Faculty Bulletin Board

Asteroid is named for UCLA's Michael Jura

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Michael Jura in 1978
George Jacoby

Michael Jura in 1978

Michael Jura, a prominent UCLA professor of astronomy who died last year, has an asteroid named after him. Discovered in 1992, the asteroid is in a stable orbit in the main asteroid belt between Mars and Jupiter. It is known as 6406 Mikejura, and should never come close to hitting the Earth.

The astronomical citation praises Jura, “whose research on polluted white dwarfs first enabled the measurement of the chemical compositions of extrasolar asteroids.”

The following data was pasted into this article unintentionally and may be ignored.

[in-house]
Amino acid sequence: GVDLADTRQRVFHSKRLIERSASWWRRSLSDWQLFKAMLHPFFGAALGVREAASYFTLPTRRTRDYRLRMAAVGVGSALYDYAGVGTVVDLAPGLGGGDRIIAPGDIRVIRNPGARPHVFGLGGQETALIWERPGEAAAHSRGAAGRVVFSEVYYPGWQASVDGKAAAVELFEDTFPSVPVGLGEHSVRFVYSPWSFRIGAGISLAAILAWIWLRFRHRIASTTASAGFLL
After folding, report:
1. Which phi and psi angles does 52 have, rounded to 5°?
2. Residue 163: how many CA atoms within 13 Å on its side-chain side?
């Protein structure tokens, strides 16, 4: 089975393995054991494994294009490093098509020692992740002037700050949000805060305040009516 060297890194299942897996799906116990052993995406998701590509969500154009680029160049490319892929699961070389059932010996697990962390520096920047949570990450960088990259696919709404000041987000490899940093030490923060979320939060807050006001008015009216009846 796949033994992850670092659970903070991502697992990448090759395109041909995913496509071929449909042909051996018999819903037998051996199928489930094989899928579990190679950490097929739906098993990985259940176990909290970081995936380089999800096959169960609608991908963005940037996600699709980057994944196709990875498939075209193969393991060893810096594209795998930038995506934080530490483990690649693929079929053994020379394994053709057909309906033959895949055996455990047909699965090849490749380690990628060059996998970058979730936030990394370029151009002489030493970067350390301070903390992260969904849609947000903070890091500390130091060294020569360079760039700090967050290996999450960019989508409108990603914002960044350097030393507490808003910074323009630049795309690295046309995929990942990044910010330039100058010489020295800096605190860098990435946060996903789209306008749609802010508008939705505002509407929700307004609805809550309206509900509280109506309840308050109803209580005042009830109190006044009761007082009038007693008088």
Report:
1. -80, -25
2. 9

Jura’s research spanned a broad range of topics, including intensity fluctuations in pulsars, excitation of molecular hydrogen, star formation and dust in galaxies, the chemical composition of interstellar gas, mass loss from red giant stars and diffuse interstellar bands. He was especially interested in planetary systems outside the Earth’s solar system — their comets, asteroids and planets — and in determining if there is life outside our solar system.

Jura and his last two graduate students, Siyi Xu and Beth Klein, are co-authors of research published last January showing that the building blocks for life on Earth — water, carbon, nitrogen and oxygen — are not unusual in the universe and could be “imported” to planets lacking them via collisions with minor planets containing them.

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